Michael Craig-Martin, “Schools are failing our children. The solution lies in art education.”, 14 June 2019
As art-making is ebbed out of schools across the country, we overlook the skills it delivers – strengths that should be the envy of “proper” academic education, says Michael Craig-Martin.
From the Spring 2019 issue of RA Magazine, issued quarterly to Friends of the RA. This issue is an arts education special, to mark the 250th anniversary of the RA Schools.
I believe that the principles underlying art education are generally misunderstood and that it represents an untapped resource and potential model for educational programmes.
Because academic education is so completely dominant, and because most people’s personal experiences of education consist solely of academic education, it is widely assumed that this is what we mean by true education. From this standpoint, art education is widely regarded as marginal, indulgent, “easy”, not properly serious. This is why it is often relegated to the periphery of educational programmes or, as we often find today, eliminated from the curriculum entirely.
The fact is that art education is fundamentally different from normal academic education, and it is this critical difference that makes it potentially so useful and important. It represents a true alternative.
“Art education is fundamentally different from normal academic education, and it is this critical difference that makes it potentially so useful and important. It represents a true alternative.” – Michael Craig-Martin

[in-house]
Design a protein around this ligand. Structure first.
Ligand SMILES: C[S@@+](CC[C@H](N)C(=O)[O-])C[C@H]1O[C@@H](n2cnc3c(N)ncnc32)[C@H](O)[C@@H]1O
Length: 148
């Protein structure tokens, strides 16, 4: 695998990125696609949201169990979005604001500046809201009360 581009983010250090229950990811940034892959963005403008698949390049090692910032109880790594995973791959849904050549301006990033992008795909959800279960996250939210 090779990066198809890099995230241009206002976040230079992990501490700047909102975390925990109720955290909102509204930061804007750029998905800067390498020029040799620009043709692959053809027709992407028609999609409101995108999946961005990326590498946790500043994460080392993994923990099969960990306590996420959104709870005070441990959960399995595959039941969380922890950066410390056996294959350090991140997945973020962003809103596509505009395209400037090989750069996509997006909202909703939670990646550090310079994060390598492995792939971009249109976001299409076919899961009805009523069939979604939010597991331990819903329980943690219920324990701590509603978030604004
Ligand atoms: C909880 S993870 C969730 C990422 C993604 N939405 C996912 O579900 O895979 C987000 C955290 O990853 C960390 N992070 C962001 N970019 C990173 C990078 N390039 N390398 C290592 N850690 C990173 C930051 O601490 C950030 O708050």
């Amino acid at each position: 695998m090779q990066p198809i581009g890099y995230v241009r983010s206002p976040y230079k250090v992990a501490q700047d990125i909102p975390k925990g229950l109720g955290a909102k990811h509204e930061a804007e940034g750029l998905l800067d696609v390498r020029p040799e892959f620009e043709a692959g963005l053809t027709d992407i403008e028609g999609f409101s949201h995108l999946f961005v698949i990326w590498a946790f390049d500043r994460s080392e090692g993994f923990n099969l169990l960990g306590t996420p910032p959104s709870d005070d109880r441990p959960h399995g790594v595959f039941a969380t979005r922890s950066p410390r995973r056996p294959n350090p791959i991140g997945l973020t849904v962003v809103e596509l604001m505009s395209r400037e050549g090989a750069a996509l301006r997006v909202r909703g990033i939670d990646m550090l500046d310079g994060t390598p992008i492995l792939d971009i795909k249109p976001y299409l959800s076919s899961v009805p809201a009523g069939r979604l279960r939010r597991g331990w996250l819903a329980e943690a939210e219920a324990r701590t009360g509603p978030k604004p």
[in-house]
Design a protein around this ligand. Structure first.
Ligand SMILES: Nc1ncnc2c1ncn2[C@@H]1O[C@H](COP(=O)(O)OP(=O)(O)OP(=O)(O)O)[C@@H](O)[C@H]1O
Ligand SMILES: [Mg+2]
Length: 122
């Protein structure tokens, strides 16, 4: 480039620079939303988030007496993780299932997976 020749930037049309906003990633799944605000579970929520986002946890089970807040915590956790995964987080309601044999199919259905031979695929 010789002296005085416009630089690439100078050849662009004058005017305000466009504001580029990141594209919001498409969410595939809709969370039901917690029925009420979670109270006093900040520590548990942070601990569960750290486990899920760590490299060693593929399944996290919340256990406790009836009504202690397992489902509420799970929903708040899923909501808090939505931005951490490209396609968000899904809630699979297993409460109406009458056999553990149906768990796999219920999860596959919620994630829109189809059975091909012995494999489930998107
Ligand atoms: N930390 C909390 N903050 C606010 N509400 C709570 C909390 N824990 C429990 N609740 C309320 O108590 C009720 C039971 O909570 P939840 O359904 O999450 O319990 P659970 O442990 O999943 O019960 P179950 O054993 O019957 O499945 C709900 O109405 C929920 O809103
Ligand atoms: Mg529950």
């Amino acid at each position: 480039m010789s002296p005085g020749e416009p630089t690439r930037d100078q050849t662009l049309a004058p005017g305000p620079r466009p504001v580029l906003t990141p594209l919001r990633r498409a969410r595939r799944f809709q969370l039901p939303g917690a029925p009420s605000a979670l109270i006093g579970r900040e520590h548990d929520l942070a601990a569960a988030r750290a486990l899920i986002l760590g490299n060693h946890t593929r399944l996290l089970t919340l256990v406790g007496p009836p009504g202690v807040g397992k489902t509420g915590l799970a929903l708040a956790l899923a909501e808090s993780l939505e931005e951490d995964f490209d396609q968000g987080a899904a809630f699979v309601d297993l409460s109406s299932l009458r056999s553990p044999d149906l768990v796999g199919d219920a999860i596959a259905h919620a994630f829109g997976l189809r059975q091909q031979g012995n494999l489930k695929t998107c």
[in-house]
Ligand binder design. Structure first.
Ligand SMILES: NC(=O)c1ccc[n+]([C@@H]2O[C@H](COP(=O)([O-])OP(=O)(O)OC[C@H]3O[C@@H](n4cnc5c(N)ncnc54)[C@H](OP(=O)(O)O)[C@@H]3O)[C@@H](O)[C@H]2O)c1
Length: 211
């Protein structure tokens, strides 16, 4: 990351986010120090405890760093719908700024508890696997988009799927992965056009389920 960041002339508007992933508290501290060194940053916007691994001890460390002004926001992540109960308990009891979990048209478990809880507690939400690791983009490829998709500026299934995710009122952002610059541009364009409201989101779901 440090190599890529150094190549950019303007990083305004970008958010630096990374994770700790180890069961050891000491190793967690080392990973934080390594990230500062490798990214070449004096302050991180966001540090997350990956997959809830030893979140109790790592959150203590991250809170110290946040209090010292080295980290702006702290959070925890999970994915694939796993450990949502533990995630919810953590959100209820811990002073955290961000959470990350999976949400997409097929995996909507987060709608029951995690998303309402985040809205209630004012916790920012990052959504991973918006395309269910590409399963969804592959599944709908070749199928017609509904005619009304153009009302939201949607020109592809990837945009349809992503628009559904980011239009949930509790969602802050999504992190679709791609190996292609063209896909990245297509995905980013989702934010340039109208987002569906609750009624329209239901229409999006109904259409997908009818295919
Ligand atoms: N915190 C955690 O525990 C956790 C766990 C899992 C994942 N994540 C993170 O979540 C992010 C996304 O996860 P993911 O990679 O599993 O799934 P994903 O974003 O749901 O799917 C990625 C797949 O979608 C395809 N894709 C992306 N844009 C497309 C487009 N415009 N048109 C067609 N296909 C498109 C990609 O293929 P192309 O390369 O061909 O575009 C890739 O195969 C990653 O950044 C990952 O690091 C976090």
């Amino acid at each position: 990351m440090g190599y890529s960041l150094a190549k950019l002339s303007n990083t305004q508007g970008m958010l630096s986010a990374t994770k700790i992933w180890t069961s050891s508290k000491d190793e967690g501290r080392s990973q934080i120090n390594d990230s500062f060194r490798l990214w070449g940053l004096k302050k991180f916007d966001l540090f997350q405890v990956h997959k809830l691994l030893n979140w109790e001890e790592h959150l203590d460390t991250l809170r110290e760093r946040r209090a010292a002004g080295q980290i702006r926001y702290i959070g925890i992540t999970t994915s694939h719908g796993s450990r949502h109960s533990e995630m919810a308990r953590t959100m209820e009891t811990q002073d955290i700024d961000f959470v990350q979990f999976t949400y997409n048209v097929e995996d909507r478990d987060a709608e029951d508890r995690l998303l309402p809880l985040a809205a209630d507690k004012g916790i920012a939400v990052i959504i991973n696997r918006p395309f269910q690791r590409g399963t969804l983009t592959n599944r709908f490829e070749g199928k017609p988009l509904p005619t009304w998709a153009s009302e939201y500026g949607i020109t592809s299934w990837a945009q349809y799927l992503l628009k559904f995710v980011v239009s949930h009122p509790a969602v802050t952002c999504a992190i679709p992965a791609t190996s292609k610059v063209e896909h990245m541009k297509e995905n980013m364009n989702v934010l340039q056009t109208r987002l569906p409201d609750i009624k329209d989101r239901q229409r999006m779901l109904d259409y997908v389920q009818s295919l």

In art, understanding does not build in a straightforward incremental way, with the simple leading to the complex. Art reveals itself whenever a student takes responsibility for what they do. Making art demands personal honesty, emotional vulnerability, commitment and passion. Understanding develops through personal experience.
In art education it is the individual who plays the central role, who accesses and animates the subject, and art, far from indifferent, responds accordingly. Obviously this puts the art student in a position where certain characteristics are required and nourished: self-discipline, critical observation, assumption of responsibility, creativity, responsiveness, ability to adjust and adapt to change.
Virtually every educationalist in the world today would agree that the qualities listed above should be the ultimate aim of all education for young people facing the challenges of the contemporary world. I believe that art education by its nature develops these characteristics in a way that academic education does not. Whether those who study art in this way become artists or not is not important; their education will positively inform the whole of their lives, no matter what they choose to do.
Michael Craig-Martin RA is an artist. His exhibition Michael Craig-Martin: Present Sense is on view at The Gallery at Windsor, Vero Beach, Florida, until 25 April.